How much does the gap between rich and poor matter? In 1979, for every dollar the poorest fifth of the American population earned, the richest fifth earned nine. By 1997, that gap had increased to fifteen to one. Is this growing income inequality a serious problem? Is the size of the gap between rich and poor less important than the poor's absolute level of income? In other words, should we focus on reducing the income gap or on fighting poverty?
In the past century the earth's human population has quadrupled, growing from 1.5 billion in 1900 to about 6 billion today. By 2050, it is estimated that the global population will reach 9 billion. In 1968, a young biologist named Paul Ehrlich wrote a best-selling book called The Population Bomb, which sparked an ongoing debate about the dangers of overpopulation. He argued that population growth was destroying the ecological systems necessary to sustain life. So just how worried should we be? Is population growth a problem or not? And if so, what should we do about it?
Partnerships with religious groups may have been dismissed as a stepchild of the Bush administration, but they appear to have a bright future all the same. By David Davenport.
In today's Wall Street Journal, Hoover's Peter Robinson reports on an interview with Gary Becker. . . .
Tom Wolfe’s latest novel, Back to Blood, is a portrait of present-day culture—sprawling, lurid, hilarious, repellent, compelling: “More than anything else, I just love all these people.” An interview with Peter Robinson.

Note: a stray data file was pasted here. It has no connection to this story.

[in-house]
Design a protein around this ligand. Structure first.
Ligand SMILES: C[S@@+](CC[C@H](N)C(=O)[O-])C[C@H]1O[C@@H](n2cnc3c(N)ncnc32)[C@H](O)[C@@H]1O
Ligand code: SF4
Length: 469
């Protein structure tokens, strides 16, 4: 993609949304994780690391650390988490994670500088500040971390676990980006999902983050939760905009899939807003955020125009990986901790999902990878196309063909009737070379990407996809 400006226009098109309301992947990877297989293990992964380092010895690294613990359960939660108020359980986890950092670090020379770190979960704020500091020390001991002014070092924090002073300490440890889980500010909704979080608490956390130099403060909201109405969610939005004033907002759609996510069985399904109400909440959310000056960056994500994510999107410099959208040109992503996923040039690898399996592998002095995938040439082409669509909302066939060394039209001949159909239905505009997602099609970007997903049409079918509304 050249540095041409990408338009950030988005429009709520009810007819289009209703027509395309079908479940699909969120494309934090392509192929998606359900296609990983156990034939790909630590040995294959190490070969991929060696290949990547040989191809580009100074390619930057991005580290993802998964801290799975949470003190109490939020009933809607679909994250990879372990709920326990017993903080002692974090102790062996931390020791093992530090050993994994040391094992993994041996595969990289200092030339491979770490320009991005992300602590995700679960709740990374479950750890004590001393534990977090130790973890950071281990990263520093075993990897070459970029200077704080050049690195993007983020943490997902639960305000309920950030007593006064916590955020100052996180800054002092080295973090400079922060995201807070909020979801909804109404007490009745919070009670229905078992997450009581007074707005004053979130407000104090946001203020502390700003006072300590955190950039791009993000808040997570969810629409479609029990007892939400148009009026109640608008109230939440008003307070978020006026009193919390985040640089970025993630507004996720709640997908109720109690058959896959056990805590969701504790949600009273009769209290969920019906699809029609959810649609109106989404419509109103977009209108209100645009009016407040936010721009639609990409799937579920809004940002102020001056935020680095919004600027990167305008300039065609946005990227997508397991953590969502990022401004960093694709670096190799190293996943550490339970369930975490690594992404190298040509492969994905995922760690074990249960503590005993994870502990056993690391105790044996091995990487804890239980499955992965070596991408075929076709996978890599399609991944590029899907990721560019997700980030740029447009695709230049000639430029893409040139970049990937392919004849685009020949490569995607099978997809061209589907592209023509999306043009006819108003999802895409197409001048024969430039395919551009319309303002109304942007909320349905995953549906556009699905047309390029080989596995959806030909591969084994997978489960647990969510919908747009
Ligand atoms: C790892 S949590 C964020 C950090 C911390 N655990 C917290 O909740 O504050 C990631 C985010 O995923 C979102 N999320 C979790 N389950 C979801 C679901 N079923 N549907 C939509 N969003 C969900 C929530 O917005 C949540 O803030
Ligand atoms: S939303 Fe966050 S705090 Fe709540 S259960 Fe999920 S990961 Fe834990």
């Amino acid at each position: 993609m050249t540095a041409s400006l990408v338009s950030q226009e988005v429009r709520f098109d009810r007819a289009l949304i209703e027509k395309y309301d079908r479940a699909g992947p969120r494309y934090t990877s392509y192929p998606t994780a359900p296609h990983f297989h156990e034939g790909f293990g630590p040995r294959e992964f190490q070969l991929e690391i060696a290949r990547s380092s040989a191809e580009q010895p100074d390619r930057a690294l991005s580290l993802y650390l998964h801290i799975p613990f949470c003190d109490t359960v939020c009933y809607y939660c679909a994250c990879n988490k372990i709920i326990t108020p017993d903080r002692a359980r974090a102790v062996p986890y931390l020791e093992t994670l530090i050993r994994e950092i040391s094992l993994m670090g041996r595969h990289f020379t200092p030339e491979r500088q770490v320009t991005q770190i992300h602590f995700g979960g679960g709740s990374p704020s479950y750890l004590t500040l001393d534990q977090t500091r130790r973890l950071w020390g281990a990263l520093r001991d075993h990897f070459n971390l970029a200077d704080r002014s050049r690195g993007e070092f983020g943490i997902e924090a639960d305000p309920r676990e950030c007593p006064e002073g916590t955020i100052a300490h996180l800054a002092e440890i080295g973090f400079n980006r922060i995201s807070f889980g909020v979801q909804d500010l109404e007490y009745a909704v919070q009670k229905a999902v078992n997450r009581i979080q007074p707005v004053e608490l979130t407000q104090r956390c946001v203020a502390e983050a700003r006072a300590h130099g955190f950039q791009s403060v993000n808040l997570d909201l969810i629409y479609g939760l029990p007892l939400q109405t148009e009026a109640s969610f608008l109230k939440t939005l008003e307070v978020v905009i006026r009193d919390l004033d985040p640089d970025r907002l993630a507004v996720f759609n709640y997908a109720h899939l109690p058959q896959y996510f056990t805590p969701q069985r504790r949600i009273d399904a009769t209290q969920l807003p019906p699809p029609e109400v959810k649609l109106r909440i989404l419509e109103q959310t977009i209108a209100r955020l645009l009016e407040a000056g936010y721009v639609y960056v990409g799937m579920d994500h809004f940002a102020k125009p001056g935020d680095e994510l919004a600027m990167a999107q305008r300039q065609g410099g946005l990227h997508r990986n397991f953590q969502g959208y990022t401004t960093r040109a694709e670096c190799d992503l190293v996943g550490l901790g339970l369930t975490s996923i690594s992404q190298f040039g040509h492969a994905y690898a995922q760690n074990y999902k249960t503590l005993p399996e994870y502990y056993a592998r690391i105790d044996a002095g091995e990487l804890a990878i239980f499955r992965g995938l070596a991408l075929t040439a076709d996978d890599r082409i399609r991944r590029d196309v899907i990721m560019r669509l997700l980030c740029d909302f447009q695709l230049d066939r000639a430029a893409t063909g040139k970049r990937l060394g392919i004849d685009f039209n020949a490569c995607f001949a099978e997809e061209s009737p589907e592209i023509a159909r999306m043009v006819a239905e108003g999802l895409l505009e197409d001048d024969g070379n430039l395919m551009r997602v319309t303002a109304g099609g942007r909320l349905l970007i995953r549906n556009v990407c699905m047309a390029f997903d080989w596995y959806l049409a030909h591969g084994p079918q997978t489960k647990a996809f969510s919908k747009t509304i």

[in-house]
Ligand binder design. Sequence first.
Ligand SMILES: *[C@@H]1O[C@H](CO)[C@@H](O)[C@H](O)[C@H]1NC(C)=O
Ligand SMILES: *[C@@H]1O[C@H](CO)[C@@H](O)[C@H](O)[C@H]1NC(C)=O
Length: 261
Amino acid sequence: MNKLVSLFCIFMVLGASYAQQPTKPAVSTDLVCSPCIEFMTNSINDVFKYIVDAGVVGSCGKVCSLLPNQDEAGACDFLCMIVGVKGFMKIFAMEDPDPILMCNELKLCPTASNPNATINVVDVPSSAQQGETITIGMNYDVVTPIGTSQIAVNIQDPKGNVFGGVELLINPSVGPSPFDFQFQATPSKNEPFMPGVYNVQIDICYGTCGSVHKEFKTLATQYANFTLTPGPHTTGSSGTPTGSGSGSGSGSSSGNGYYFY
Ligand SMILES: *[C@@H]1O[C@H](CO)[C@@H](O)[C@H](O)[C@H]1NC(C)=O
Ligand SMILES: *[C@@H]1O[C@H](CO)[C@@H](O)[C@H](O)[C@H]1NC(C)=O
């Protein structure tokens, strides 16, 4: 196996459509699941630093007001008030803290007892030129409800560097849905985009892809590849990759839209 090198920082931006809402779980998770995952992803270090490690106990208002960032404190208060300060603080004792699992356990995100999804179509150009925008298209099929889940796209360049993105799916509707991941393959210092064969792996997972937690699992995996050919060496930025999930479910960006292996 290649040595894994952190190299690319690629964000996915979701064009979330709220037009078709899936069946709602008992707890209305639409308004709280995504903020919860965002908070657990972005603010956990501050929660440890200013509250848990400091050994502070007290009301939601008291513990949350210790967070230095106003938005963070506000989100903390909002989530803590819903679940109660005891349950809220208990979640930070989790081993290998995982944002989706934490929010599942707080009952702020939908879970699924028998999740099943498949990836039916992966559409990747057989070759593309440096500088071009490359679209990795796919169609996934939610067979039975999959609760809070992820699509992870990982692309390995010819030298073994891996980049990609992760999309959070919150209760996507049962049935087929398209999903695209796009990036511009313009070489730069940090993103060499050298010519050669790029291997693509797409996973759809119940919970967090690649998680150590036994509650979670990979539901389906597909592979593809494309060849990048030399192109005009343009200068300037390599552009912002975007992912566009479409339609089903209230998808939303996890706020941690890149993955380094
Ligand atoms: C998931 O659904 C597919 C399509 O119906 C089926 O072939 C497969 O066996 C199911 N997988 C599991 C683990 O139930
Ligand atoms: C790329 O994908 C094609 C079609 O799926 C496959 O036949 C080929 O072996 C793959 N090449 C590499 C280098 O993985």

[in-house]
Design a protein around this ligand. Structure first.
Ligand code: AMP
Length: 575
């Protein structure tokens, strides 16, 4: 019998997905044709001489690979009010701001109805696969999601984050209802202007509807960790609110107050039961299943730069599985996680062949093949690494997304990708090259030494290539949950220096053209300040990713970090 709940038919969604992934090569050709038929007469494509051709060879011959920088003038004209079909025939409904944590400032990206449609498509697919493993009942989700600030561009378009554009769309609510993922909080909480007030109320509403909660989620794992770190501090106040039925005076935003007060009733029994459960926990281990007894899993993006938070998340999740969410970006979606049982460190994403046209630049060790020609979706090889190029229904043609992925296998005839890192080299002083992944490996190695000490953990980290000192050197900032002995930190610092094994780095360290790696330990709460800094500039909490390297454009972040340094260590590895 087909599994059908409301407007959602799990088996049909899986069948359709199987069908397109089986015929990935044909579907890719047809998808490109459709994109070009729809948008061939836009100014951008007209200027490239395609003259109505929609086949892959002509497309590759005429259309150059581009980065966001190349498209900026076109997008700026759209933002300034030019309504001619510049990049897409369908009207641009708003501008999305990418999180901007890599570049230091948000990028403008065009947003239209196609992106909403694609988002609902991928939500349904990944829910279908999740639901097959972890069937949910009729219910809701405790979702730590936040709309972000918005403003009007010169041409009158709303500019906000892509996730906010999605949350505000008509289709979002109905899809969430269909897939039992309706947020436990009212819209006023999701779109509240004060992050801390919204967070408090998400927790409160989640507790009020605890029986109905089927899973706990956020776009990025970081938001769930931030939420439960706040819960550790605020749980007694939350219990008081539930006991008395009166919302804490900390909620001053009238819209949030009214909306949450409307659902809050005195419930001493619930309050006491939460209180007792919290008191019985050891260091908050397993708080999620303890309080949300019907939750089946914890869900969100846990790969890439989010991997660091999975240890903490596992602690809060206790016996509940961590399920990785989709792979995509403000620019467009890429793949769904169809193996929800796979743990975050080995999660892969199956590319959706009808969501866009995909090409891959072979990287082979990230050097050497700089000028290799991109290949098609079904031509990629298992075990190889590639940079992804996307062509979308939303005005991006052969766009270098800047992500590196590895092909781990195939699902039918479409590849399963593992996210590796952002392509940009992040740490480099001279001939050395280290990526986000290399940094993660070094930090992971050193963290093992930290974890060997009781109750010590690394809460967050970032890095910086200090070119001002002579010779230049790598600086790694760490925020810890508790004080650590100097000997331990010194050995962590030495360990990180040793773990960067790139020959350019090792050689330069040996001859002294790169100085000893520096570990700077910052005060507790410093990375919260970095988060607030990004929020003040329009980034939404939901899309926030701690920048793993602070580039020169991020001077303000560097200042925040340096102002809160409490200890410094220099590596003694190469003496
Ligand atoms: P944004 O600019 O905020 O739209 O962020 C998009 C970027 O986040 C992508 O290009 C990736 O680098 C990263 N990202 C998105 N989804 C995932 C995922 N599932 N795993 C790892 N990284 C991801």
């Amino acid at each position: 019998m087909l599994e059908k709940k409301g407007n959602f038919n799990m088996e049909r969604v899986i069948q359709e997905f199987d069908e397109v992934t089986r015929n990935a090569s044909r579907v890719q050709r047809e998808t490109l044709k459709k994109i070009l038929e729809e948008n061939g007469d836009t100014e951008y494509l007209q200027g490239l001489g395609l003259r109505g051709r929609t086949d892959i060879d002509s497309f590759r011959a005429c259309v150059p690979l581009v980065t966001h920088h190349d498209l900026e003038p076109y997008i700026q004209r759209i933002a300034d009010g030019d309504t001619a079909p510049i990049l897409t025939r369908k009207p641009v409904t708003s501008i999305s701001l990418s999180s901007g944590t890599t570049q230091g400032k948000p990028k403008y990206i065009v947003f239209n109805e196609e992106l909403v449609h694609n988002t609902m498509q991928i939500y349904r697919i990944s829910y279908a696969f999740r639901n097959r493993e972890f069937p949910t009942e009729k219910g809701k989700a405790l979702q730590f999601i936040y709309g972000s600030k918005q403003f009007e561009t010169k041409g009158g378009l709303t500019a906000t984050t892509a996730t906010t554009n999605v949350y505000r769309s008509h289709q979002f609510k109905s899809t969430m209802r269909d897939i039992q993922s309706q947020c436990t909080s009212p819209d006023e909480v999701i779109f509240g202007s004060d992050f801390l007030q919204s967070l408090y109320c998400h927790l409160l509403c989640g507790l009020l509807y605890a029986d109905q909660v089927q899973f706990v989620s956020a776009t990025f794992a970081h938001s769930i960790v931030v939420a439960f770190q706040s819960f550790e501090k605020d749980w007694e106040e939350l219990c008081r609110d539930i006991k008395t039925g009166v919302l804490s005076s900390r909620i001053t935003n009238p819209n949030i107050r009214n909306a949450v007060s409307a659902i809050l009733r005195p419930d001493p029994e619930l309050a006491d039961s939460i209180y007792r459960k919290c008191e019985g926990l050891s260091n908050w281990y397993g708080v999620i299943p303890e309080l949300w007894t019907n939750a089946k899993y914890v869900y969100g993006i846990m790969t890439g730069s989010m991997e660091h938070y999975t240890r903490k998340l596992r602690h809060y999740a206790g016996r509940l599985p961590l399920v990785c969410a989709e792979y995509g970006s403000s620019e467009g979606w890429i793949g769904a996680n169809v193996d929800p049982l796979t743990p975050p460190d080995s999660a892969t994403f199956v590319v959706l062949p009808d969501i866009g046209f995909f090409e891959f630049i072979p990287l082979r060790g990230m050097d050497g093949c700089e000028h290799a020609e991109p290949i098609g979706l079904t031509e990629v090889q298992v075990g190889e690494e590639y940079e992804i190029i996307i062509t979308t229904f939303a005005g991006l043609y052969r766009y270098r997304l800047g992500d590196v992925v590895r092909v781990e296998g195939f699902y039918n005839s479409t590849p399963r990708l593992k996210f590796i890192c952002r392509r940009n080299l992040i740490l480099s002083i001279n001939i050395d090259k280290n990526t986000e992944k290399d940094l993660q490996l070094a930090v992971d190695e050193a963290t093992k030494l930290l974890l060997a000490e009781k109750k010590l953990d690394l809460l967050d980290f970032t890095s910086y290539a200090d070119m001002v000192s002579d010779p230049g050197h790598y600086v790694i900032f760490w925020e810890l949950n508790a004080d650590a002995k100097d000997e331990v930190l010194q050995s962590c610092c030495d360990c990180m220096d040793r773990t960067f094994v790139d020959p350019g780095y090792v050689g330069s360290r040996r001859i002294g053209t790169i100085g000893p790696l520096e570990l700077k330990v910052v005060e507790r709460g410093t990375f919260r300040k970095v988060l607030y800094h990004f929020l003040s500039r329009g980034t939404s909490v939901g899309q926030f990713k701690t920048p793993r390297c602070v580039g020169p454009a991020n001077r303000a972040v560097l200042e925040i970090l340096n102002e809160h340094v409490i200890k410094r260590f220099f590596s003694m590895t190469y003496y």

Hoover Institution’s Rose and Milton Friedman Senior Fellow Thomas Sowell discusses his new book, Discrimination and Disparities.
Thomas Sowell discusses the politics of the housing boom...
This past Saturday, Mitch Daniels, the Republican governor of Indiana, delivered a commencement address at Butler University...
The President should take a page from Francois Mitterand. . . .
Greece this past weekend saw the worst rioting since the debt crisis began. . . .
Don't thank Republicans, business leaders or the media for saving the U.S. . . .
Jack Kemp, who died Saturday at age 73, did something exceptional...
Paul Rahe, a professor at Hillsdale College, believes the country is going to hell in a hand basket. . . .
A near quadrupling of the federal deficit in 2009 alone. The nationalization of the Detroit automakers...
The state of California employs some two-and-a-quarter million people, includes almost 400 state agencies, oversees 29 different legal codes, administers a tax code that runs to more than 60,000 clauses or sections and spends more than $100 billion a year...
Just under six months after becoming president, and just under two months before the deadline he set for the passage of health care legislation, Barack Obama is finished...
Reforming current legal immigration and refugee legislation.
Hoover fellow Michael Spence ponders India, China, and the one essential element in economic growth: innovation. An interview with Peter Robinson.